We liked that the tall, thin, cylindrical shape allowed it to unobtrusively fit on the refrigerator door (or be tucked away in a cabinet), and a simple turn of the top opens a pouring spout. Once you remove the filter of spent grounds, it also transitions seamlessly into a pitcher.
It should be noted, the smaller capacity Takeya produces around four servings of ready-to-drink cold brew (not oodles of coffee concentrate, like many of the heftier machines), but for a small footprint, uncomplicated model, we found it hard to beat.
The folks at OXO took what we didn’t love about their original Cold Brew Maker (it basically failed all of our original testing) and with a few adjustments, made a great product, placing third on our list. It brews a much smoother coffee that tasted far less acidic than the previous model’s.
The compact, easy to assemble design makes it seamless to store on the counter, in a cabinet, or inside the refrigerator.The perforated “rainmaker” top allows water to slowly and thoroughly disperse over the grounds without having to resort to any complicated, laborious pouring actions.
This extraction method is a vast improvement—draining starts automatically when the brewer is placed atop the accompanying glass carafe. Granted, the smaller unit has less capacity than some options, which is something to consider if you require mass amounts of caffeine at all times.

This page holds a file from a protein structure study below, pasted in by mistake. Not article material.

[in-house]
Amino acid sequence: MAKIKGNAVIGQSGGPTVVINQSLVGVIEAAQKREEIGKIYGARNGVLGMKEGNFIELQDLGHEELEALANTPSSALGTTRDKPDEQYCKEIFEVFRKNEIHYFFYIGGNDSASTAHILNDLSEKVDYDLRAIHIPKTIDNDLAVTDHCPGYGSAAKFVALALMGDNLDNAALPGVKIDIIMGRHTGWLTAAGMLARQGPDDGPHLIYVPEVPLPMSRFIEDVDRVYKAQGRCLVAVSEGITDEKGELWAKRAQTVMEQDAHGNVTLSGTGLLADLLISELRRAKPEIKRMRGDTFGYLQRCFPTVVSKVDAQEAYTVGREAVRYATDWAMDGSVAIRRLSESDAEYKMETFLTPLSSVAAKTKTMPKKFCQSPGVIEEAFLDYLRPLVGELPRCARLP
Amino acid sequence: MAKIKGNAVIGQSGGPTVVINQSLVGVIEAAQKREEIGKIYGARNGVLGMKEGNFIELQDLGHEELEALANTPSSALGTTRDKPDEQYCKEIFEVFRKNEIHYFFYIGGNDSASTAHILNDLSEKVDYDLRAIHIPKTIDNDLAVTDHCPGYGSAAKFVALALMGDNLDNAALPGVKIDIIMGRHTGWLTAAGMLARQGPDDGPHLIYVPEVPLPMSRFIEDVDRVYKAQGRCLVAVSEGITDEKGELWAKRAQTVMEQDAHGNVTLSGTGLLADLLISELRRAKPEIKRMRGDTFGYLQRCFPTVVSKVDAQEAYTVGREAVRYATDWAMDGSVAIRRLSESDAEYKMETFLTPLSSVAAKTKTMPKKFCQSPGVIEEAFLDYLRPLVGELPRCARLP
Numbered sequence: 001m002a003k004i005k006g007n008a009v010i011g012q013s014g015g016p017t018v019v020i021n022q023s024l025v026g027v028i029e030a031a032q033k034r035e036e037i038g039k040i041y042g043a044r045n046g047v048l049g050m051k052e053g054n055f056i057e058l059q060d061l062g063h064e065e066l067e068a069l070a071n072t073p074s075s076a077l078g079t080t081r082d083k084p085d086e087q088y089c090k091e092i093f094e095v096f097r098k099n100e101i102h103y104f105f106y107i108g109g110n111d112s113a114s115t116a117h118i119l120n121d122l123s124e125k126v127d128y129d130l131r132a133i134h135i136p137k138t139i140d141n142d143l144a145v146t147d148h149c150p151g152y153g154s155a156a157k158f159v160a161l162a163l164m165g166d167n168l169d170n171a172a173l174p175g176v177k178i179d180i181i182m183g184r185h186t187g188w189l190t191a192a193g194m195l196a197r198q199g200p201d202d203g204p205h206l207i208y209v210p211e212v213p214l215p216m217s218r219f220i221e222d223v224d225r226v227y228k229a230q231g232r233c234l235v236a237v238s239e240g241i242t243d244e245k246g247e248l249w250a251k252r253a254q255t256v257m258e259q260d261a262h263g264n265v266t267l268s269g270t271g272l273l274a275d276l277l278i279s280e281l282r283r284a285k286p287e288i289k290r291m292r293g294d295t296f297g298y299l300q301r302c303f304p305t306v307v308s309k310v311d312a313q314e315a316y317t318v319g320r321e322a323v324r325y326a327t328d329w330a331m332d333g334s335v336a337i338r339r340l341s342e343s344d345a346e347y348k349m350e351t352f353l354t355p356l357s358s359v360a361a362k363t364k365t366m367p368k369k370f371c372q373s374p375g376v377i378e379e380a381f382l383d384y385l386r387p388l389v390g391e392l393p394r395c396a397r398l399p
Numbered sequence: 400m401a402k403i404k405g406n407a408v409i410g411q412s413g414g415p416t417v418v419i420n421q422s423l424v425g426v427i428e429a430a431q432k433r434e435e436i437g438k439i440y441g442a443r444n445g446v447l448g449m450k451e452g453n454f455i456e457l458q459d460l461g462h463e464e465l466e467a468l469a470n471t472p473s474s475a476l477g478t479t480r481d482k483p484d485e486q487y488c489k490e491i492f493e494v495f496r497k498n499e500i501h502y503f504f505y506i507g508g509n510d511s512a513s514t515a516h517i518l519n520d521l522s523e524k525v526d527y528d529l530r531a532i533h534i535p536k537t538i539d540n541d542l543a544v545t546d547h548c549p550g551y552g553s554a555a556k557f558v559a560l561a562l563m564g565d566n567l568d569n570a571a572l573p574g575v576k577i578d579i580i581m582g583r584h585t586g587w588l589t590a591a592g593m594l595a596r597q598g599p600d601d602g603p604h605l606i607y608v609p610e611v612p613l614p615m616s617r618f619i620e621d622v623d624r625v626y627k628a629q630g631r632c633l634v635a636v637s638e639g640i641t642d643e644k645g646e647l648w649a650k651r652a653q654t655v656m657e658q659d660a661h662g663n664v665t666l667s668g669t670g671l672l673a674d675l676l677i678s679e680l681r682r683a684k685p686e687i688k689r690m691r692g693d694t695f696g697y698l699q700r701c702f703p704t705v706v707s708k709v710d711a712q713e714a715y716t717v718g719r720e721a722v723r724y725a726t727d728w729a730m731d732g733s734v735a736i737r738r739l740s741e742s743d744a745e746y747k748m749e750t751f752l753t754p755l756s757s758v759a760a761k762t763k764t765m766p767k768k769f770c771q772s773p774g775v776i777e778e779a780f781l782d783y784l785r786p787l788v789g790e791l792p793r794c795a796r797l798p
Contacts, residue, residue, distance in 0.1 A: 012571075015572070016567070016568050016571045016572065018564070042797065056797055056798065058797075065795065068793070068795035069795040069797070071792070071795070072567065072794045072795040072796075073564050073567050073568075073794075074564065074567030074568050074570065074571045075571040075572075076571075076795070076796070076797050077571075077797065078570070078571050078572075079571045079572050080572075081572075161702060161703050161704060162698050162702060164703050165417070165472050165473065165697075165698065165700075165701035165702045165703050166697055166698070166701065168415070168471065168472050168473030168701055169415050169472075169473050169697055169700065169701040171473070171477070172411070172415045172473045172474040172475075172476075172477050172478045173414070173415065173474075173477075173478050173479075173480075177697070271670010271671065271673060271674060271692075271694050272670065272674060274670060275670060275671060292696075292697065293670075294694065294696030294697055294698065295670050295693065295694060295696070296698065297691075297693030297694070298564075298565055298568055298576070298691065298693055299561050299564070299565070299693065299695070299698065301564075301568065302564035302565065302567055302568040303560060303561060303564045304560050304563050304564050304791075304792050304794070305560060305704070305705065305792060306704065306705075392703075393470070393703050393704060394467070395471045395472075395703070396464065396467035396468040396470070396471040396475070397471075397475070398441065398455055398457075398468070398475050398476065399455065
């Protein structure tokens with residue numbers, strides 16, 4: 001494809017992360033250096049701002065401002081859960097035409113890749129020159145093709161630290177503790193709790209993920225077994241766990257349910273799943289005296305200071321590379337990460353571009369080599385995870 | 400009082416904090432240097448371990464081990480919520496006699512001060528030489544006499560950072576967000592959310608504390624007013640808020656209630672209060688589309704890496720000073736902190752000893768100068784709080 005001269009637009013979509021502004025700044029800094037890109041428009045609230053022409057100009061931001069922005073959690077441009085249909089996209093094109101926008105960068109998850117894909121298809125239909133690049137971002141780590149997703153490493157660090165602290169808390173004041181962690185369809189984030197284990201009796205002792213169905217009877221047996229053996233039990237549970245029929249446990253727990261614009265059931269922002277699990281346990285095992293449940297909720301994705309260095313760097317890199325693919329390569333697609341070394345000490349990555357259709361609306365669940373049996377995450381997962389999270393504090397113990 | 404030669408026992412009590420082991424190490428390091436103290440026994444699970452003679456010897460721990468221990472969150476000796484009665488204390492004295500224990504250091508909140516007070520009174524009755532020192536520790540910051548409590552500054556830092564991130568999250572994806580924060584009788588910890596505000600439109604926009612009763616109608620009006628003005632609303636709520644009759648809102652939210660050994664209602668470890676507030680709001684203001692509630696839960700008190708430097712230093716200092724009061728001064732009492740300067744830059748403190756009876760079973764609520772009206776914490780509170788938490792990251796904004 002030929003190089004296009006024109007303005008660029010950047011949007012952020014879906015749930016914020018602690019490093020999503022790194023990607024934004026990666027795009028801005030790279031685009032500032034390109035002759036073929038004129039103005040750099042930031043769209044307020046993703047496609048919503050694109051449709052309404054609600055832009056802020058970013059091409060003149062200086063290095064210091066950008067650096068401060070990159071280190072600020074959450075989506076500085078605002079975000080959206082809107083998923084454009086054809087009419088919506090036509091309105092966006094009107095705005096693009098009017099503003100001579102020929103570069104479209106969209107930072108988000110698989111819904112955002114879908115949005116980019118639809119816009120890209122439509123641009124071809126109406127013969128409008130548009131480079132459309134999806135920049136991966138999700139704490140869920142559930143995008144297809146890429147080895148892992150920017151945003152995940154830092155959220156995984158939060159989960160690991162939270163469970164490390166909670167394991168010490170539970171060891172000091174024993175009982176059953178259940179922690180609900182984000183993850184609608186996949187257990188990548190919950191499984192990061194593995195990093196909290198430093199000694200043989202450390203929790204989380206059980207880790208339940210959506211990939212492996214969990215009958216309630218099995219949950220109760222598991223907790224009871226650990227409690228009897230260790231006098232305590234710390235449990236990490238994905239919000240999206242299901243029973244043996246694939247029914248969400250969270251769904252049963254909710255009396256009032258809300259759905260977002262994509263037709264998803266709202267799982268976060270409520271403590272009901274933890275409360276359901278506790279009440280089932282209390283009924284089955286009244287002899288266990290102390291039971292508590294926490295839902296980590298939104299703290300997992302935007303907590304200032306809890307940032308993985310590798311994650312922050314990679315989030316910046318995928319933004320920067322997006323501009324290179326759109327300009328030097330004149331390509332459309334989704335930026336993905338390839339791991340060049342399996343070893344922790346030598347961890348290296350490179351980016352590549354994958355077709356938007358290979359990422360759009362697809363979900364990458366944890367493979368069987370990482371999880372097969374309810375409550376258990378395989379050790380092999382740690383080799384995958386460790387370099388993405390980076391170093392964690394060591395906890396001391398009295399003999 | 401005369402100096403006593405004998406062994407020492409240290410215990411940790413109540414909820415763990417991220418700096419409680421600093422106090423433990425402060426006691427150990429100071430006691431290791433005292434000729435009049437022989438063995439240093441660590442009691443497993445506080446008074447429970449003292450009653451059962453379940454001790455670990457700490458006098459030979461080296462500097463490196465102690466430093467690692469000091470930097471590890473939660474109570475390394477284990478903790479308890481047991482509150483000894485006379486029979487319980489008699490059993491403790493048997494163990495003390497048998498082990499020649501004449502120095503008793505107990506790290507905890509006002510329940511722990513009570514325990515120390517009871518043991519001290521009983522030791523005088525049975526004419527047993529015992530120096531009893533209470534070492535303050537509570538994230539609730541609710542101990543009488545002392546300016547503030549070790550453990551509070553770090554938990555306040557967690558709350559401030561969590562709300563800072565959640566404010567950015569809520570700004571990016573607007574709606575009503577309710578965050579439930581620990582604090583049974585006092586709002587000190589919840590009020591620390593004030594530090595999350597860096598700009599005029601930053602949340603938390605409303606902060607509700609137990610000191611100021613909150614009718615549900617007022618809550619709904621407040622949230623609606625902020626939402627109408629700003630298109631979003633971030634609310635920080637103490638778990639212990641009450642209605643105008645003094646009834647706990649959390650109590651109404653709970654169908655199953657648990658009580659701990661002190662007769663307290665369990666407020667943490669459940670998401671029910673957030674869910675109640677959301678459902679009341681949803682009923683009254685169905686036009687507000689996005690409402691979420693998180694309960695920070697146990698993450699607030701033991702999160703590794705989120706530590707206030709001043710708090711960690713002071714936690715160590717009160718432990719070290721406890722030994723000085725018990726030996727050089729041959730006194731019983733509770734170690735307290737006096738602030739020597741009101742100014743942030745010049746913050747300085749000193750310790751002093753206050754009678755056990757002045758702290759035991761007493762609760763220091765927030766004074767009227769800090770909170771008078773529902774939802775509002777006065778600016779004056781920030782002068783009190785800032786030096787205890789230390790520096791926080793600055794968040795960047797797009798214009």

As simple to set up, easy to use, and straightforward to clean as the Takeya–the Ovalware Cold Brew Maker also consists of a steel filter set inside a (glass, this time) vessel. The fact that it’s made of glass may account for the slightly higher price point. While it’s comparably attractive, making it suitable for serving, we found the beaker-like shape fit awkwardly in the fridge.
Our coffee testing found that it produced smooth and tasty coffee, even after sitting for a week, which—along with various ease-of-use factors—helped catapult it to the second round of testing, involving brewing tea. It was here that it was knocked down a notch, as the porous filter enabled small leaves to seep into the liquid, resulting in a brew that was a bit gritty and over-steeped.